When it comes to recommending resources, much of my perspective is influenced by my perspective that programming, at its core, is an information problem.  So I’m super obsessed about finding people the right learning material.  Learners of programming generally need materials for instructional narrative to explain concepts, practice to tinker with those concepts, reference to look up concepts/tools, and a safe place/person to as questions.

In my final piece of advice, here are some general guidelines to consider when giving people advice or making recommendations:

  • “Just the read the docs” is never the right answer for a programming beginner.
  • Recommend no more than 3 – 5 resources, and hopefully some of them will hit on all the requirements listed above.  Avoid brain dumping every book you’ve ever seen about Python on them.  Pick out a few for them to investigate.  Remember that they’ve sought out experts for their expert advice, not human google search for “python”.
  • Remind them that it is okay to do some window shopping of materials, and that it is okay to reject a book after a few chapters if they aren’t feeling it.
  • Keep your IDE and command line wars at home. Get them set up with a development environment that is right for them.
  • Finally, once you’ve given them links and answered their questions, remember to stop talking and give them time to read and explore the resources you recommended. Leave them alone in this process (do not make small talk), and invite them to let you know when they’d like more help.  Don’t sit and stare at them practicing or provide unrequested commentary.

This post isn’t meant to fully unpack the selection of resources with an information request, but hopefully can serve as a place to start formalizing your own thoughts on welcoming beginners.  Remember: your community/group will have different needs, so you’ll need to change some of this to fit their needs.

How I use github in 500 words

My feelings about github are somewhere at the nexus of aggravated and grateful.  Git is not easy because it is composed of a series of incantations based out of somewhat identifiable English.  Close enough that you think they have meaning but far enough that you want to bludgeon yourself in the hopes of forgetting semantics.  And yet, version control and backups are important to save your butt.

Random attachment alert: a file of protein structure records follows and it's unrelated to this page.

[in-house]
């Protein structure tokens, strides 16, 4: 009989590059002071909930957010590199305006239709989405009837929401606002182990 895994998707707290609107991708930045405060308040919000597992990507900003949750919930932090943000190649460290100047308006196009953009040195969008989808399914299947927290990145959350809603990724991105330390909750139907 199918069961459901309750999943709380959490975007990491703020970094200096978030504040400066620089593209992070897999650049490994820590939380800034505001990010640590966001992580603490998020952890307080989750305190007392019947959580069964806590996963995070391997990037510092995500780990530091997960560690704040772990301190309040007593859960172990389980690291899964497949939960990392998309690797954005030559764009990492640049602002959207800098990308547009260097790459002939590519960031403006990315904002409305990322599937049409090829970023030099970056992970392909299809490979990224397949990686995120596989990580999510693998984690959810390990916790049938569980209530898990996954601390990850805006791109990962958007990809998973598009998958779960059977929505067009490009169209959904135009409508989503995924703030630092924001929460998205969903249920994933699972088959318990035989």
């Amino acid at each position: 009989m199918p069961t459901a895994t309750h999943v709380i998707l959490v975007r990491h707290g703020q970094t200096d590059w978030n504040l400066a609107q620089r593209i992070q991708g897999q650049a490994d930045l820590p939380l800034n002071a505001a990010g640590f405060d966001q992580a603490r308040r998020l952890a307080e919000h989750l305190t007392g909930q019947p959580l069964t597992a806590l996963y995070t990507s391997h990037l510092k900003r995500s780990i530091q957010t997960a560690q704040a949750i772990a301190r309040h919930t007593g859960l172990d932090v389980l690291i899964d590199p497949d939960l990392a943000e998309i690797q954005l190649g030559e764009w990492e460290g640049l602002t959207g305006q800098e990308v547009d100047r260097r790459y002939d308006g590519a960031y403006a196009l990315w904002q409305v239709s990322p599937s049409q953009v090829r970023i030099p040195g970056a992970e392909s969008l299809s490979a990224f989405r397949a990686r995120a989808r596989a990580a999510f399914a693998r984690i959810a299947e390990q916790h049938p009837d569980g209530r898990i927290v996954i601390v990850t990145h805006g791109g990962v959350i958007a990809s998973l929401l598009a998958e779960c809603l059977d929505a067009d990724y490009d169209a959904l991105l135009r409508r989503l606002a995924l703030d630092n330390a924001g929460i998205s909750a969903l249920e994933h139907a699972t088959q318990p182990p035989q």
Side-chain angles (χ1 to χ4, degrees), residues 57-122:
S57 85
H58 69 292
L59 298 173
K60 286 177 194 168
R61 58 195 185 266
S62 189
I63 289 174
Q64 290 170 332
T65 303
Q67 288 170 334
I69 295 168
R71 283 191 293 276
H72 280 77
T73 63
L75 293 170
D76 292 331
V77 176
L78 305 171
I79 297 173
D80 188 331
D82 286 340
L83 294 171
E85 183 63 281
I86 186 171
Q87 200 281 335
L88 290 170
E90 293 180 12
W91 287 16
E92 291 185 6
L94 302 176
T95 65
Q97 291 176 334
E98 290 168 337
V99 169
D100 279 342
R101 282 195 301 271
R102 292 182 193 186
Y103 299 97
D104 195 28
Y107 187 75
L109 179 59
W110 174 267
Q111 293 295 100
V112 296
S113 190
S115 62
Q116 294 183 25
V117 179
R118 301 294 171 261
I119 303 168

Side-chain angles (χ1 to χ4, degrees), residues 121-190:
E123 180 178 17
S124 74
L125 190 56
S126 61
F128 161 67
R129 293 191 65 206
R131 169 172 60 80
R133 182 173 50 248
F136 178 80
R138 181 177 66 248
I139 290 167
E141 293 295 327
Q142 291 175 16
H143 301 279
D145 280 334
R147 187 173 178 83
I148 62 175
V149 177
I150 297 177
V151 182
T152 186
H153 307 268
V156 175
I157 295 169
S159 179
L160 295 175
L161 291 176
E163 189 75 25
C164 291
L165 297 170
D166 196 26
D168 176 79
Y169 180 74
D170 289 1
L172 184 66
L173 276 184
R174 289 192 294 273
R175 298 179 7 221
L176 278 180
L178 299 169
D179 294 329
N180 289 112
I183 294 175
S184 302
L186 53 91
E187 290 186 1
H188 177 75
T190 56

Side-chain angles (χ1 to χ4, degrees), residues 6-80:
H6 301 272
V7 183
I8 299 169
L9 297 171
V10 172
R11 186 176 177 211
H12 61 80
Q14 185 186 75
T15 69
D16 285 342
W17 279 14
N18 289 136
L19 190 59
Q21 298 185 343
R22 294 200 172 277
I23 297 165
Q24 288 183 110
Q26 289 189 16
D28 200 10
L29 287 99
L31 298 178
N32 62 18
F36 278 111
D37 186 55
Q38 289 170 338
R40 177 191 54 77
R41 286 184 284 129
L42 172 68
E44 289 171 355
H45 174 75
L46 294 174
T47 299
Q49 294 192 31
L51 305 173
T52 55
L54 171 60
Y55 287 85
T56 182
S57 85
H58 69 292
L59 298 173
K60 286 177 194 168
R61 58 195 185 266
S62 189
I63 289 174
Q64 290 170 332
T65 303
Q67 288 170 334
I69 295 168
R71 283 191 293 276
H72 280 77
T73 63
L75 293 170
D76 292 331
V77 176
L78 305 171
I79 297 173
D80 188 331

I shall confess (without apology), that I do not use command line git(hub). Can I? Sure. Do I want to try and remember those commands while I’m trying to keep my brain on my code? No. So the github app is where I find the sweet spot between extracting the power of version control without the anguish.

Here’s my use case for git: I write code, I want to track it, github works well for that, and I usually work alone.  All I need to do is create, commit, sync, and get back to my freaking job. I don’t do pull requests or contribute to shared projects. GET OFF MY LAWN.

Sorry, let’s get back to how to do commits and restore deleted files.

Step 1: Make a github account. Already have one? Go apply for the student developer pack if you haven’t already.

Step 2: Download the Github Desktop application:

Step 3: Go into the application, find preferences. Remember password. Sign in.

Step 4: Find the plus button thing. Click. Add will let you point the app at an existing folder and create a repo from that, Create makes a new one, and Clone is an incantation for the sociable. Click Create, give it a name, and click Create repository.

Screen Shot 2016-05-09 at 10.03.23 PM.png

Step 5: That repository name is now a folder. Go find it. Or make a new one somewhere you can remember.

Step 6: Add some crap to that folder.

Screen Shot 2016-05-09 at 10.10.43 PM.png

Step 7: Go back to the app and pour your eyeballs on your newly tracked file. The stuff on the right shows you the contents of the file. Green shows additions, red deletions. The little icon next to the repository name on the sidebar should be a computer monitor looking doodad, meaning that it is a local repo.